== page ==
Back in 2016, I wrote a piece about my trust issues with tech companies and in light of the recent Mark Zuckerberg testimony, I thought I would revisit the topic to see how much has changed.
Facebook Growing Pains
Let’s face it, you’re lucky if you can find anyone who claims to trust Facebook these days. Even Zuckerberg himself, when peppered with questions from Senators for nearly 10 hours, admitted that Facebook has no real competition in social media. Now monopolies aren’t evil by default but it’s very rare to find one that puts their customers’ interests ahead of their obsession with growth and profits. And of course there’s that famous photo taken from within Facebook headquarters of Zuckerberg’s webcam covered so there seems to be distrust coming from all sides.
I brought up Facebook first because they have moved to the top of my list of companies that I do not trust. I don’t even use Facebook which might help explain why Google took the crown of least trusted companies last time around but I’ll deal more with Google in a bit. Facebook’s apology tour has gone on for over a decade with no end in sight. If you’re trying to remember all of their faux pas, my playlist below containing 19 media appearances might help jog your memory.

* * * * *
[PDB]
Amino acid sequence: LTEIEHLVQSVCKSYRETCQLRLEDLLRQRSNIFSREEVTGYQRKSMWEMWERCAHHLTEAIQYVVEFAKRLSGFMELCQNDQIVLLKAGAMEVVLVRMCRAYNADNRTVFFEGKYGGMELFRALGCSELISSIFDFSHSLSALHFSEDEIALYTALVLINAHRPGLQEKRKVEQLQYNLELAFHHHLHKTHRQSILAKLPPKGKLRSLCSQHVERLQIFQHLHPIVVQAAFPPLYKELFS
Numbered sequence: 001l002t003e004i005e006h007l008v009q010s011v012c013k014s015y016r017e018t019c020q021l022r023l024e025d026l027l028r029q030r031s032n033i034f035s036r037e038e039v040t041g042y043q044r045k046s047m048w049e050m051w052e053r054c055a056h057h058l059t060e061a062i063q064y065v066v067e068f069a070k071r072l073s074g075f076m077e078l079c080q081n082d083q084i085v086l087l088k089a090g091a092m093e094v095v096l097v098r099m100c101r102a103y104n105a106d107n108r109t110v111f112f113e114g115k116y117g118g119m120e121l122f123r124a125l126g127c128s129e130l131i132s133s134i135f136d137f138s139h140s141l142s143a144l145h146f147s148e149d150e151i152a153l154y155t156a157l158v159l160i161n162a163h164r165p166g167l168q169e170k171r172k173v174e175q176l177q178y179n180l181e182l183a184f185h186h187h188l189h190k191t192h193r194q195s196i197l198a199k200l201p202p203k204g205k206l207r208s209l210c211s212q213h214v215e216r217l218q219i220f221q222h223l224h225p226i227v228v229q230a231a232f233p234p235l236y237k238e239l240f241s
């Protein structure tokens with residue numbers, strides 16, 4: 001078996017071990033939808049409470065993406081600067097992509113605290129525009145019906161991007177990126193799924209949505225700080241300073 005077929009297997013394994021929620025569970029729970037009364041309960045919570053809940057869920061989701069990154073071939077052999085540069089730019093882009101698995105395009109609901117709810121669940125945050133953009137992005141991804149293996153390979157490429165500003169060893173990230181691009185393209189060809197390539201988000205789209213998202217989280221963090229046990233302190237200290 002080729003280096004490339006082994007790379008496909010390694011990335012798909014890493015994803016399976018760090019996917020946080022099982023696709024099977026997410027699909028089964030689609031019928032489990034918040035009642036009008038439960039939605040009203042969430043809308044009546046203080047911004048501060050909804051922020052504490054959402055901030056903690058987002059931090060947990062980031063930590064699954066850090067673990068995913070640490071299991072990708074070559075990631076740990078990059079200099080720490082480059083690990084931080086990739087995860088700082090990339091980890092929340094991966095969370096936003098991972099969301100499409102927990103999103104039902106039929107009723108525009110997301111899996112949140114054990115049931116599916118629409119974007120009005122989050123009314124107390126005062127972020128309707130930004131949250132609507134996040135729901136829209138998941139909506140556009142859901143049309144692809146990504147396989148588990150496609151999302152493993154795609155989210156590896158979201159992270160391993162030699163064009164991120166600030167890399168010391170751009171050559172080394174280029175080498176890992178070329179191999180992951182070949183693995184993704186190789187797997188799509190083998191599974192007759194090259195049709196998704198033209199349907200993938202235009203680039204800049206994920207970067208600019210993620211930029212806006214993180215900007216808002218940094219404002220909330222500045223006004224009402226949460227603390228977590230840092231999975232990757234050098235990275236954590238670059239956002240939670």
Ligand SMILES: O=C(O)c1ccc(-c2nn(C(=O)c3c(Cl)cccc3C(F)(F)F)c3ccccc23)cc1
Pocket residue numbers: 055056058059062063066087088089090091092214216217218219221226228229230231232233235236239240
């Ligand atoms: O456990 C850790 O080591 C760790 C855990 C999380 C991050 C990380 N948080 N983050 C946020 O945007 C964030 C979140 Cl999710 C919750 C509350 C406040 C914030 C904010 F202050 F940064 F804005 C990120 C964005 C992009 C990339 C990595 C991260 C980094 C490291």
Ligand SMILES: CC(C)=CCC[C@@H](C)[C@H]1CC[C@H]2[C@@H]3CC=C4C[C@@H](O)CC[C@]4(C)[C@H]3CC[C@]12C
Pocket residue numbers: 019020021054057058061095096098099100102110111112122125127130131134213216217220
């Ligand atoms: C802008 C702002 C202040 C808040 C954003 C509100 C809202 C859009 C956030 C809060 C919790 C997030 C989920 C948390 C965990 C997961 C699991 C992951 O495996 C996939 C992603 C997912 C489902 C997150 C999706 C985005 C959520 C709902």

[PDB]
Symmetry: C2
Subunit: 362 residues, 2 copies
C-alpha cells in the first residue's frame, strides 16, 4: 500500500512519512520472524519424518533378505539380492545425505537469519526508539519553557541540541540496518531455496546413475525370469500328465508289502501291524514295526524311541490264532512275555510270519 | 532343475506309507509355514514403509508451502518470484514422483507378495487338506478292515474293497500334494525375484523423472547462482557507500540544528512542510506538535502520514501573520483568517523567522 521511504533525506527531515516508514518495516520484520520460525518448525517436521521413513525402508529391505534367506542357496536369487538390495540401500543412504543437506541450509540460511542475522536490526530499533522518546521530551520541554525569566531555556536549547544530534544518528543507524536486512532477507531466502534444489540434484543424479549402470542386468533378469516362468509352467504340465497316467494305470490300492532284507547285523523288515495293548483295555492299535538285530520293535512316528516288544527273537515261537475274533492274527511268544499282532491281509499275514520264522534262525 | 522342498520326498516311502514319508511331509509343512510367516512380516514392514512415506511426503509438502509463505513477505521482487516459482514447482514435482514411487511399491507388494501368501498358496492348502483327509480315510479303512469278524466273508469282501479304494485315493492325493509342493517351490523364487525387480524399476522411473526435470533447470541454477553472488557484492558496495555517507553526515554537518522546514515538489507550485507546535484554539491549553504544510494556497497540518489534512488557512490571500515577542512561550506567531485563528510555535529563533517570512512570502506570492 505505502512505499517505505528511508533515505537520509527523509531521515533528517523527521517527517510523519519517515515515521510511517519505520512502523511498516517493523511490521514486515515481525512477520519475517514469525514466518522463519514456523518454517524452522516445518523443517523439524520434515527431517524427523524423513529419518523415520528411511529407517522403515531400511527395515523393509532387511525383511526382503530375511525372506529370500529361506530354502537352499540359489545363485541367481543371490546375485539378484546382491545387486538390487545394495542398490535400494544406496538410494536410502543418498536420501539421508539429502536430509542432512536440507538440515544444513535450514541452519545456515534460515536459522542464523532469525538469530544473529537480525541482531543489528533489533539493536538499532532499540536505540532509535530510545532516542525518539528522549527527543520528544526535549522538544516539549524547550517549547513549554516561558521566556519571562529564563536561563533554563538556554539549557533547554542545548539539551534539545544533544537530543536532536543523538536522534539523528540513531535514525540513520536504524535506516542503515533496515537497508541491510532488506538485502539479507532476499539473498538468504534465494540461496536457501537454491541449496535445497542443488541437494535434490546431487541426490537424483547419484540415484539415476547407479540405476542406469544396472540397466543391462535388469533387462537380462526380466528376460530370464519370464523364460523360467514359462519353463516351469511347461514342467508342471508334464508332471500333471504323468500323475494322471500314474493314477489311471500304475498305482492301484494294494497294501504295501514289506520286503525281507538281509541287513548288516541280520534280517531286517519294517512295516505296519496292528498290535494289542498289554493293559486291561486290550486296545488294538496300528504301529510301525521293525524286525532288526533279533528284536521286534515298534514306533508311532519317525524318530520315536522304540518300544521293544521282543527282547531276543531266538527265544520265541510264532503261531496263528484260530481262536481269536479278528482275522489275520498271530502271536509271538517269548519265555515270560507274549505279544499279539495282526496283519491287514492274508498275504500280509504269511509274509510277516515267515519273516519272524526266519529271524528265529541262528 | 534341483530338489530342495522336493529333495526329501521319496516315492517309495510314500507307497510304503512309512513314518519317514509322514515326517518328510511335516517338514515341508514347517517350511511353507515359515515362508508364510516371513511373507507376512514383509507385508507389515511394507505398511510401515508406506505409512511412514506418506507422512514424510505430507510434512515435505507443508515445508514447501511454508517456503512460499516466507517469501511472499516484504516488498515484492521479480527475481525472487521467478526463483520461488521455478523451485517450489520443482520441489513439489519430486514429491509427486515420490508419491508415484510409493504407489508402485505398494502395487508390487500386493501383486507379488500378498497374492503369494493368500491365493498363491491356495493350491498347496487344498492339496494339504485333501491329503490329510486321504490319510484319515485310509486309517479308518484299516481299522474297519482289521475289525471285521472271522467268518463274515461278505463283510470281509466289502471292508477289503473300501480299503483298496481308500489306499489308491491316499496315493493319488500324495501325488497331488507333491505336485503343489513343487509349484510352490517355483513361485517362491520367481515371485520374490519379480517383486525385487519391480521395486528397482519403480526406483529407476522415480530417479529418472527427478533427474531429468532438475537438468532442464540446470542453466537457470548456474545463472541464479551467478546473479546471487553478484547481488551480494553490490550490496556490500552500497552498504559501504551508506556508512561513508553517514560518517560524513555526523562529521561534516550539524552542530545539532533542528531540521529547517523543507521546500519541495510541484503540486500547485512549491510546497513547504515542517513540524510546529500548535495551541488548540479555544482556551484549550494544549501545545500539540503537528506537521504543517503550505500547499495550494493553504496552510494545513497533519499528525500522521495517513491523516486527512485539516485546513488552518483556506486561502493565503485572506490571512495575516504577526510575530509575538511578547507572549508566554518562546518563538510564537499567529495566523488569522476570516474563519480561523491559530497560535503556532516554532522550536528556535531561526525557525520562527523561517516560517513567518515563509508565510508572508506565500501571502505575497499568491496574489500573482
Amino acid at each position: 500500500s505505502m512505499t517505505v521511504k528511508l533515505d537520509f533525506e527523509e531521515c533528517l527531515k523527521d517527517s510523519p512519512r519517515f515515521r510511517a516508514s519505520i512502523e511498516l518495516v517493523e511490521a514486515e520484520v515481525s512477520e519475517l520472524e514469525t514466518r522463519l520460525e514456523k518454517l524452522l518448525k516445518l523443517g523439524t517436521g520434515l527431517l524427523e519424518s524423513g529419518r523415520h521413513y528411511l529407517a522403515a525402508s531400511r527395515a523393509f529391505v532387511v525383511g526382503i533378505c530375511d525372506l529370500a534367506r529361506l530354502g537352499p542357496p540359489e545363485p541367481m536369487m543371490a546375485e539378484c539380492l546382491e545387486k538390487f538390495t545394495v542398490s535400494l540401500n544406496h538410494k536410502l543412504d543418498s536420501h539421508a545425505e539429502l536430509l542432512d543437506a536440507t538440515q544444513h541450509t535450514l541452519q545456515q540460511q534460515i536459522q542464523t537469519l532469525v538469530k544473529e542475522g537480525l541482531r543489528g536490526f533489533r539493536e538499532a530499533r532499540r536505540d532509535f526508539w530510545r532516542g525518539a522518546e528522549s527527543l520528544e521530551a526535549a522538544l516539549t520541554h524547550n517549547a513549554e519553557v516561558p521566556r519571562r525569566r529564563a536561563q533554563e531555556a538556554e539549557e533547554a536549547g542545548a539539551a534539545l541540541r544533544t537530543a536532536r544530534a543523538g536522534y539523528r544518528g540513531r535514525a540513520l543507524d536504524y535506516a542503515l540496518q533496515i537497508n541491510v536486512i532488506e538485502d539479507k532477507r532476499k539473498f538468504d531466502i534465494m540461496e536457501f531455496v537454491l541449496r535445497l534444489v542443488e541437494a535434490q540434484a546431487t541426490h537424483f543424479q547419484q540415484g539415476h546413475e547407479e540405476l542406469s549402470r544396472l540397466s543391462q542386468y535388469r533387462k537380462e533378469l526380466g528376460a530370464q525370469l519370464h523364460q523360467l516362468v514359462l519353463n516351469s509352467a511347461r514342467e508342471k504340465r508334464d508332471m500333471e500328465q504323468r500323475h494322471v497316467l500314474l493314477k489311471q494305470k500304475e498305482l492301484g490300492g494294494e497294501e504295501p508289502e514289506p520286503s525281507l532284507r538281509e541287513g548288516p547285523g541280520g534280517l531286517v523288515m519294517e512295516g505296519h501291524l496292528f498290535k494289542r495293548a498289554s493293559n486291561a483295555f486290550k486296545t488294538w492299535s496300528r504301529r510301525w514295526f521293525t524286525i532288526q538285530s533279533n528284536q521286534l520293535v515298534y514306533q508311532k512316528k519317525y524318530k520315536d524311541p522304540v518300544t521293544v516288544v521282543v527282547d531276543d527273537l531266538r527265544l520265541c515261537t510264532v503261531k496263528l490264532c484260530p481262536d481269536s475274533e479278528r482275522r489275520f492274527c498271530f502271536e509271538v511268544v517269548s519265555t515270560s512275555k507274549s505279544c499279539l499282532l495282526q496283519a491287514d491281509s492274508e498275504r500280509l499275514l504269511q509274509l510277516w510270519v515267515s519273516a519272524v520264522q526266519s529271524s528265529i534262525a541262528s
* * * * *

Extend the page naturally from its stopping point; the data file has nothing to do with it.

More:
Mistrust and user upset simply boil down to one thing for me – advertising. I have no problem with advertising in general but when you create a platform that only strives for user engagement, you are not putting user interests above other interests and that includes your advertisers. We all know the drill. If you click on a video about vegetarianism, you will next be fed (no pun intended) a series of vegan videos followed by raw vegan videos followed by fasting videos and so on. Facebook (and the rest of the Internet) knows that extremism is rewarded by user engagement in form of comments, dislikes and shares. But the algorithms don’t care about user feelings or even facts. These systems are only in place to generate user engagement and user engagement is only in place to serve advertising dollars. After all, Facebook’s real customers are their advertisers, not the users.